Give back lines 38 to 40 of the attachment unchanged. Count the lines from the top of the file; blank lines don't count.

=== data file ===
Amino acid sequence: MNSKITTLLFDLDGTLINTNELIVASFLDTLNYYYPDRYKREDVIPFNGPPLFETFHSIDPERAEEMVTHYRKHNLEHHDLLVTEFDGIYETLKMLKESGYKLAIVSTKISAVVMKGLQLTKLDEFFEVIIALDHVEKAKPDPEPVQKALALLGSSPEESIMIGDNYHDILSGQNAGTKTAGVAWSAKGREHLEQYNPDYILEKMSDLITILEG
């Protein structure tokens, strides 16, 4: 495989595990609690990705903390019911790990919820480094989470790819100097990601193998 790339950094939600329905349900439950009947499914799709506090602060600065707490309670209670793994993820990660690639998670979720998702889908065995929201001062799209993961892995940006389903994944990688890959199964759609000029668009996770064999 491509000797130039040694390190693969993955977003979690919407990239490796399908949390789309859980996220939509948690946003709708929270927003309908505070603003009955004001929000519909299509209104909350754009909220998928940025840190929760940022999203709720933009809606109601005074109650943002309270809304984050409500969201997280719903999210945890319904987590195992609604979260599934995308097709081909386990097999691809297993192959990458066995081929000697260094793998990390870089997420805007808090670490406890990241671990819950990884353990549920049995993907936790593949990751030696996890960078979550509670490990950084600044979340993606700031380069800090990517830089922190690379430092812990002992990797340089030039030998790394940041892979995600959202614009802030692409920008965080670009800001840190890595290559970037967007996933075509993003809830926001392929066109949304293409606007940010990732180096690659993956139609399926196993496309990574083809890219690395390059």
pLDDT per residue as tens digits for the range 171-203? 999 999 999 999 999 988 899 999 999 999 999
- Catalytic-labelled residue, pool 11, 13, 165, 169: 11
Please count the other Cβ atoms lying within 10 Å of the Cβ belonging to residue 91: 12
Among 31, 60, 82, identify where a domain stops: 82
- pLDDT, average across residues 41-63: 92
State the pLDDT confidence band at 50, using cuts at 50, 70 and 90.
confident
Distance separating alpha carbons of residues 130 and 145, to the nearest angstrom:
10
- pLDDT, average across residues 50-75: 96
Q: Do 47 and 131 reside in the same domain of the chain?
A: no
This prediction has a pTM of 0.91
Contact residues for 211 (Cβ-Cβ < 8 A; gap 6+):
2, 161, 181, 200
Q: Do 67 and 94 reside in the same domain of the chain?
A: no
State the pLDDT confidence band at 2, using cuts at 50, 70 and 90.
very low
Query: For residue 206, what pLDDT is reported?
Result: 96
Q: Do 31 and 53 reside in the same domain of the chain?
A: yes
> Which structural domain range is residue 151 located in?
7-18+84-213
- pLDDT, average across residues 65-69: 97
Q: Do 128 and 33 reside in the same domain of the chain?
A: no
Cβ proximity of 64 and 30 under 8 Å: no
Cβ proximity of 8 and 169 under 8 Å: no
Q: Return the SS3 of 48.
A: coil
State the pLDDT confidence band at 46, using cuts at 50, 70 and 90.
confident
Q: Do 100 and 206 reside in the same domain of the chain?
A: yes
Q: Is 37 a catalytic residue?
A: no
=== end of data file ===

A: yes
Q: Is 37 a catalytic residue?
A: no